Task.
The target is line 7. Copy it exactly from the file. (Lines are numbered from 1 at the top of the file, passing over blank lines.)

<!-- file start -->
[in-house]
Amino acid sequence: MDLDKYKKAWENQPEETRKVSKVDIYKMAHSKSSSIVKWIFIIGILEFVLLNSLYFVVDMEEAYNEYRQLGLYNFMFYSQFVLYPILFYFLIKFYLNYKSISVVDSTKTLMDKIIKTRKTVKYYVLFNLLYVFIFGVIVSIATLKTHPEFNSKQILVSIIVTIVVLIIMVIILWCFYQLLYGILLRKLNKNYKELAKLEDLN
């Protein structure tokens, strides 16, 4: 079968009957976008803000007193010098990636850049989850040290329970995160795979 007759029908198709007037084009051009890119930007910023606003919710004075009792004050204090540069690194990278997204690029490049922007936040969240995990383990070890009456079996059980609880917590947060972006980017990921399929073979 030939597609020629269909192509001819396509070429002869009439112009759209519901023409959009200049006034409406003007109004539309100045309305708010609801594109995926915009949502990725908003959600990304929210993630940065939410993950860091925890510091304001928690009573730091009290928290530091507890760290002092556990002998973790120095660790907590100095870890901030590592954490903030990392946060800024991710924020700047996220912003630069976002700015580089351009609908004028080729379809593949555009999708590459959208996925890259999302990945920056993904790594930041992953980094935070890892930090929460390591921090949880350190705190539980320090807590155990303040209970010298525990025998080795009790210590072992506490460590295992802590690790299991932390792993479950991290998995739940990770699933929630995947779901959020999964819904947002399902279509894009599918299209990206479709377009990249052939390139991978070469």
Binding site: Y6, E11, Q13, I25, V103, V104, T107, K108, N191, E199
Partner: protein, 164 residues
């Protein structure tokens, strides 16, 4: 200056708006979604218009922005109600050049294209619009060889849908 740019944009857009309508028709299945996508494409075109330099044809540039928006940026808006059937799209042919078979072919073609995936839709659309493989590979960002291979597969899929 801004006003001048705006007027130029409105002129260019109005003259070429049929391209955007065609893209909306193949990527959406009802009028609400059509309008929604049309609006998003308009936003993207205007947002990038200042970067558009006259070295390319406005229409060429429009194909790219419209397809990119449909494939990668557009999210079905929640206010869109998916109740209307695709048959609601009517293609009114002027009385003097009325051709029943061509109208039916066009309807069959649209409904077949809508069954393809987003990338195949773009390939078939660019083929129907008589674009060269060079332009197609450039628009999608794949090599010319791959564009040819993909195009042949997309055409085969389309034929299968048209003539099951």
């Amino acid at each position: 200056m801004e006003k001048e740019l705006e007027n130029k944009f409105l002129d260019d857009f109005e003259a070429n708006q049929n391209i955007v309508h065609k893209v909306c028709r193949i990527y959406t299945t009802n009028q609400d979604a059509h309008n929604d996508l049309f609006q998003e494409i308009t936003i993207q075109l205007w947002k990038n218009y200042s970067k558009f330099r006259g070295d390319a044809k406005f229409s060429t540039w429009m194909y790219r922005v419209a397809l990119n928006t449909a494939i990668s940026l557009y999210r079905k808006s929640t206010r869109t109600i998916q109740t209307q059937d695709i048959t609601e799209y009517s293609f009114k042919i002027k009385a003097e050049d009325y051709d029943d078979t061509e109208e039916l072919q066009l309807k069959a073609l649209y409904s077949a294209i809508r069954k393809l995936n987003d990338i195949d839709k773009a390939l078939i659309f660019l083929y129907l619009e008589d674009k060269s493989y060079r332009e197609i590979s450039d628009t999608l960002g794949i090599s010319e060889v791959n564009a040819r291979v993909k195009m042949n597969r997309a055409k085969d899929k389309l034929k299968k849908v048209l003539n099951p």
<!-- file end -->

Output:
């Amino acid at each position: 200056m801004e006003k001048e740019l705006e007027n130029k944009f409105l002129d260019d857009f109005e003259a070429n708006q049929n391209i955007v309508h065609k893209v909306c028709r193949i990527y959406t299945t009802n009028q609400d979604a059509h309008n929604d996508l049309f609006q998003e494409i308009t936003i993207q075109l205007w947002k990038n218009y200042s970067k558009f330099r006259g070295d390319a044809k406005f229409s060429t540039w429009m194909y790219r922005v419209a397809l990119n928006t449909a494939i990668s940026l557009y999210r079905k808006s929640t206010r869109t109600i998916q109740t209307q059937d695709i048959t609601e799209y009517s293609f009114k042919i002027k009385a003097e050049d009325y051709d029943d078979t061509e109208e039916l072919q066009l309807k069959a073609l649209y409904s077949a294209i809508r069954k393809l995936n987003d990338i195949d839709k773009a390939l078939i659309f660019l083929y129907l619009e008589d674009k060269s493989y060079r332009e197609i590979s450039d628009t999608l960002g794949i090599s010319e060889v791959n564009a040819r291979v993909k195009m042949n597969r997309a055409k085969d899929k389309l034929k299968k849908v048209l003539n099951p």